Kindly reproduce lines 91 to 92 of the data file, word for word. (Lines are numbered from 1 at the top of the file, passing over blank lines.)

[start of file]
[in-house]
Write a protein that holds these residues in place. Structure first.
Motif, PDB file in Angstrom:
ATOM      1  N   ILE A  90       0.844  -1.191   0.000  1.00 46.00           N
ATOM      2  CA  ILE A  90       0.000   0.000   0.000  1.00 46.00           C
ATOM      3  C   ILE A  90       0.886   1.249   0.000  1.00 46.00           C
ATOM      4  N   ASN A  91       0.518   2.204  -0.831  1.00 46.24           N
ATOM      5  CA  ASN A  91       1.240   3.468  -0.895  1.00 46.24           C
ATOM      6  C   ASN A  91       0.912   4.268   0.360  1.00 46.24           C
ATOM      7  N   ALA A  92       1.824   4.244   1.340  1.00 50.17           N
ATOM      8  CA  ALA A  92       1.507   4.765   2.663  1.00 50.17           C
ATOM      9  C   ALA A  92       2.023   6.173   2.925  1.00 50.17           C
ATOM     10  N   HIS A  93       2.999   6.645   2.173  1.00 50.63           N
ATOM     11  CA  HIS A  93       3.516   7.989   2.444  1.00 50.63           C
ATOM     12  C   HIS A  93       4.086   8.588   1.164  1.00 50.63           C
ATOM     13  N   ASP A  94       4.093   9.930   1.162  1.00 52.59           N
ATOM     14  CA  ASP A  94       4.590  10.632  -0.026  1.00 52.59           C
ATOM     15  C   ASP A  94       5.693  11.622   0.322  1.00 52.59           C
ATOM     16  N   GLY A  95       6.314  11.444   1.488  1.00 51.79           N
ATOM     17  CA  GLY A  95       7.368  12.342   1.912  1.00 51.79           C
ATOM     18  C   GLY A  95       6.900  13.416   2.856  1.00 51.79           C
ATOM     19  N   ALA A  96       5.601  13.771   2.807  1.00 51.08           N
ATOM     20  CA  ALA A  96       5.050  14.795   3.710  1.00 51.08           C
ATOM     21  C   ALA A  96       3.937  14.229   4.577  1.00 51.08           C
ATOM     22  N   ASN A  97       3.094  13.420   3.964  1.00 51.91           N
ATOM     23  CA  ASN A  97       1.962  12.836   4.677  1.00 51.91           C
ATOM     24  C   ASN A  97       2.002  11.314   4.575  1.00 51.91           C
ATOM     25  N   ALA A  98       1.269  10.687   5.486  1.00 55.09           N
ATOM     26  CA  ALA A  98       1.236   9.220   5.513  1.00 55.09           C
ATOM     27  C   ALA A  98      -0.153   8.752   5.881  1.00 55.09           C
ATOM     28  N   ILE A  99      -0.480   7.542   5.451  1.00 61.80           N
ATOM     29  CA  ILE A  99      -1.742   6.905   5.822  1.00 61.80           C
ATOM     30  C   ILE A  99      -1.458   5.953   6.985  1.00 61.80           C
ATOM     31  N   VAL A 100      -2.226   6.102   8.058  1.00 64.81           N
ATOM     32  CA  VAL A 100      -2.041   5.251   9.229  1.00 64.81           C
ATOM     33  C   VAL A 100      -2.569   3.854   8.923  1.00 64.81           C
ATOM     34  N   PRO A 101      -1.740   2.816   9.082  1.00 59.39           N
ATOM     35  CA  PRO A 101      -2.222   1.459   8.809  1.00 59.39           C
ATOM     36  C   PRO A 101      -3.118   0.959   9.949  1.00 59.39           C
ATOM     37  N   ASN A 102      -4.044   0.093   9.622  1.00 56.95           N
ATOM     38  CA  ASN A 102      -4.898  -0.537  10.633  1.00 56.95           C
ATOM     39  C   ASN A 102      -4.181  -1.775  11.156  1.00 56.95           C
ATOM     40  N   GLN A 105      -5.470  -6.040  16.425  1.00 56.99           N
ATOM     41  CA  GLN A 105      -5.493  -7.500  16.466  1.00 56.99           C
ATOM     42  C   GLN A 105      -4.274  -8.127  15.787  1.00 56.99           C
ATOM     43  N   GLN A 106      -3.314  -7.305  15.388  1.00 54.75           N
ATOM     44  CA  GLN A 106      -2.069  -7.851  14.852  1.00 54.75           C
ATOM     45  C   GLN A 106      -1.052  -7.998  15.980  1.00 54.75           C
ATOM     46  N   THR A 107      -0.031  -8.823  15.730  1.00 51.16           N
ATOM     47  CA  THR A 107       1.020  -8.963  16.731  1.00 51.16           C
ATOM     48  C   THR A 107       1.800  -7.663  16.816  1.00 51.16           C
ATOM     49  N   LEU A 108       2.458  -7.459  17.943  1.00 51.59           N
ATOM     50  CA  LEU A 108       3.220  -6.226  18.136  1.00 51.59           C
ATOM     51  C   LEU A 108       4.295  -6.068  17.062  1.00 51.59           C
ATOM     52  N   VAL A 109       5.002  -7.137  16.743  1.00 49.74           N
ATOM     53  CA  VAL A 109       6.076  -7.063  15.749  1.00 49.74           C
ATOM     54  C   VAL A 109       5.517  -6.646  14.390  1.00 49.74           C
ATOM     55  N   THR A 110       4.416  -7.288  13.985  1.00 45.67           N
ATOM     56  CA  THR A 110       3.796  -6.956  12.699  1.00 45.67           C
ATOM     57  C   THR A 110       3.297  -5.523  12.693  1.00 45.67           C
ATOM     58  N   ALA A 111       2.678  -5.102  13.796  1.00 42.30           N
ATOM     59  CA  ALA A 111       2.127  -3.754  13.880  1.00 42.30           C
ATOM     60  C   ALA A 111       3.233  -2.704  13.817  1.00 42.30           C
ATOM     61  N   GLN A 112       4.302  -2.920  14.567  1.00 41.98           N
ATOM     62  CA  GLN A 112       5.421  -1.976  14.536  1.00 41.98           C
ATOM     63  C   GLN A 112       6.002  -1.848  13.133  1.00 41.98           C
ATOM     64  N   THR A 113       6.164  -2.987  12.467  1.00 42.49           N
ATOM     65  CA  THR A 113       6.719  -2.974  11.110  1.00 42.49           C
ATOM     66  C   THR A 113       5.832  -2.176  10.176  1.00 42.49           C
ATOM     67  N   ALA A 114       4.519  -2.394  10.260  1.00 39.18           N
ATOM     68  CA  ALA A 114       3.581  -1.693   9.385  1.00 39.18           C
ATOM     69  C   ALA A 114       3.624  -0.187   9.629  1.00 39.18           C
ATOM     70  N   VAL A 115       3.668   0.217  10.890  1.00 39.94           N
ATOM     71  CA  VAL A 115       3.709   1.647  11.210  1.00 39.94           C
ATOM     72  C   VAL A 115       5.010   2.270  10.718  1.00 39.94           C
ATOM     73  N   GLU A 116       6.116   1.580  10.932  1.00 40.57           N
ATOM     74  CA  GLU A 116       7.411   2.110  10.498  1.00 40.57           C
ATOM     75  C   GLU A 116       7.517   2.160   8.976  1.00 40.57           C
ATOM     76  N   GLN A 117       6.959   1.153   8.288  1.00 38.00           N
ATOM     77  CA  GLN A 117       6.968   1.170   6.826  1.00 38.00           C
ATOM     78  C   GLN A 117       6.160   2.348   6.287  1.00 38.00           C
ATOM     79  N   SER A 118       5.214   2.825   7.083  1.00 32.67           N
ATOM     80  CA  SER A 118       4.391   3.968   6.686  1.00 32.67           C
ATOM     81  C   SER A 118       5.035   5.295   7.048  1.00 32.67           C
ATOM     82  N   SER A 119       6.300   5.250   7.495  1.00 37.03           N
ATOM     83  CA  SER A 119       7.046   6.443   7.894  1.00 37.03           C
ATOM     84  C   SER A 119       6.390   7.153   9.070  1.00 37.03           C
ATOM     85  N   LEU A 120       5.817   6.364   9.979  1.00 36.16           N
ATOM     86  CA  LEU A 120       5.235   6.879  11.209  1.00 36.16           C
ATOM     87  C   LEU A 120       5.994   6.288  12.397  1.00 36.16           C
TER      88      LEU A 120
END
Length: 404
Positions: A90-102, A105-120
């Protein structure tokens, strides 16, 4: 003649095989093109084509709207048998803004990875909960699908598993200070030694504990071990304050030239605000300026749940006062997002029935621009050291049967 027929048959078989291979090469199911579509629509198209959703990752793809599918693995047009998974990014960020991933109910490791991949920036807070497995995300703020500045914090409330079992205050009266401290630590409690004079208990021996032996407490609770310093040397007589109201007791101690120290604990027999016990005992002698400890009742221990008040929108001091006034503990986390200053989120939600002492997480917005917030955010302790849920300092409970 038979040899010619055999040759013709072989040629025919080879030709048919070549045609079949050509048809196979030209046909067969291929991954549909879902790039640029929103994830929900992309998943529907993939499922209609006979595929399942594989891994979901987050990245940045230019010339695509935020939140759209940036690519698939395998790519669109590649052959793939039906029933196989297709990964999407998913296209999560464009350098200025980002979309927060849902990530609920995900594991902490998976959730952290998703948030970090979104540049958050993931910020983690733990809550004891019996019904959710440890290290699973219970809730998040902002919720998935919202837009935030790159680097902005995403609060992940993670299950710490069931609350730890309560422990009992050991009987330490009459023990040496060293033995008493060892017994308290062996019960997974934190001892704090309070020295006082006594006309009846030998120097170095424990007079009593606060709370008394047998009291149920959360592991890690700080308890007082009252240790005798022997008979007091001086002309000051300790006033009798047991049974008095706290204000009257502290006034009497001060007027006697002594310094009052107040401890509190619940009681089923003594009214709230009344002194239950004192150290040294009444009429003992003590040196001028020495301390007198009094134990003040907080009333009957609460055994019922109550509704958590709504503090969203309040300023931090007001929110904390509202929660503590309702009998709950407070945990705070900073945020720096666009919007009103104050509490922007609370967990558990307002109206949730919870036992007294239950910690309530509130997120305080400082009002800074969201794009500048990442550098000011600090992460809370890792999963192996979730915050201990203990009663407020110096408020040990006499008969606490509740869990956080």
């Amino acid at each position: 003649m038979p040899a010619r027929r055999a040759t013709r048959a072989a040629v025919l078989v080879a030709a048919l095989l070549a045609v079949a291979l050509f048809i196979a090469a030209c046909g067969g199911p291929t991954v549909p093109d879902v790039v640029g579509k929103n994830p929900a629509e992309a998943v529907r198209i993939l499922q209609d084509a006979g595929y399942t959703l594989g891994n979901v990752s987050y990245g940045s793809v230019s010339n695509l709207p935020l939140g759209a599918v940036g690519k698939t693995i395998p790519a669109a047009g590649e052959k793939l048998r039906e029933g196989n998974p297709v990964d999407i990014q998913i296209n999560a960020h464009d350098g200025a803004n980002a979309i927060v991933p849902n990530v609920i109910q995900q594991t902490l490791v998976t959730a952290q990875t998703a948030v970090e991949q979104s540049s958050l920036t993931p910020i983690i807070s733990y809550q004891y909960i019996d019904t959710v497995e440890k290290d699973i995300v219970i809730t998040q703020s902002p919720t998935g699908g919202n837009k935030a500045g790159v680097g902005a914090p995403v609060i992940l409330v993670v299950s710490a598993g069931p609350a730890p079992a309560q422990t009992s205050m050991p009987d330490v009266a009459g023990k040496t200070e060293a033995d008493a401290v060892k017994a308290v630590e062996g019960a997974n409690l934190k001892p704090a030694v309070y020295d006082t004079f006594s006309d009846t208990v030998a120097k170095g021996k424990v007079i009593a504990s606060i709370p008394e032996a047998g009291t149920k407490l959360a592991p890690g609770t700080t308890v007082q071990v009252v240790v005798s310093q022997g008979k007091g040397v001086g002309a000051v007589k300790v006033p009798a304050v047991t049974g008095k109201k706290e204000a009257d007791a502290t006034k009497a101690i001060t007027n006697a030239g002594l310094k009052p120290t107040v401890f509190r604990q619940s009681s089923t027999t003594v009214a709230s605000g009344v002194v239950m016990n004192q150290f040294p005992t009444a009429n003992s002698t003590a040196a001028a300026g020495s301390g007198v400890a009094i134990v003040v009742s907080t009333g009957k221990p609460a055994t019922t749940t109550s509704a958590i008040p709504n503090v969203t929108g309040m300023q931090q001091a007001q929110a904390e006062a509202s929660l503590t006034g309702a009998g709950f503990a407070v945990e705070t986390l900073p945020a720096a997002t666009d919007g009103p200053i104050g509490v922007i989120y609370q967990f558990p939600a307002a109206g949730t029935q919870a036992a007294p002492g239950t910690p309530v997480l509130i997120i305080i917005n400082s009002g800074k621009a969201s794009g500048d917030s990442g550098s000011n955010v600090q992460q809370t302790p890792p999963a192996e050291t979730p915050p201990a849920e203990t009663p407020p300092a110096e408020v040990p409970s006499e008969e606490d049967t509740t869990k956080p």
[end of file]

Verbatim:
TER      88      LEU A 120
END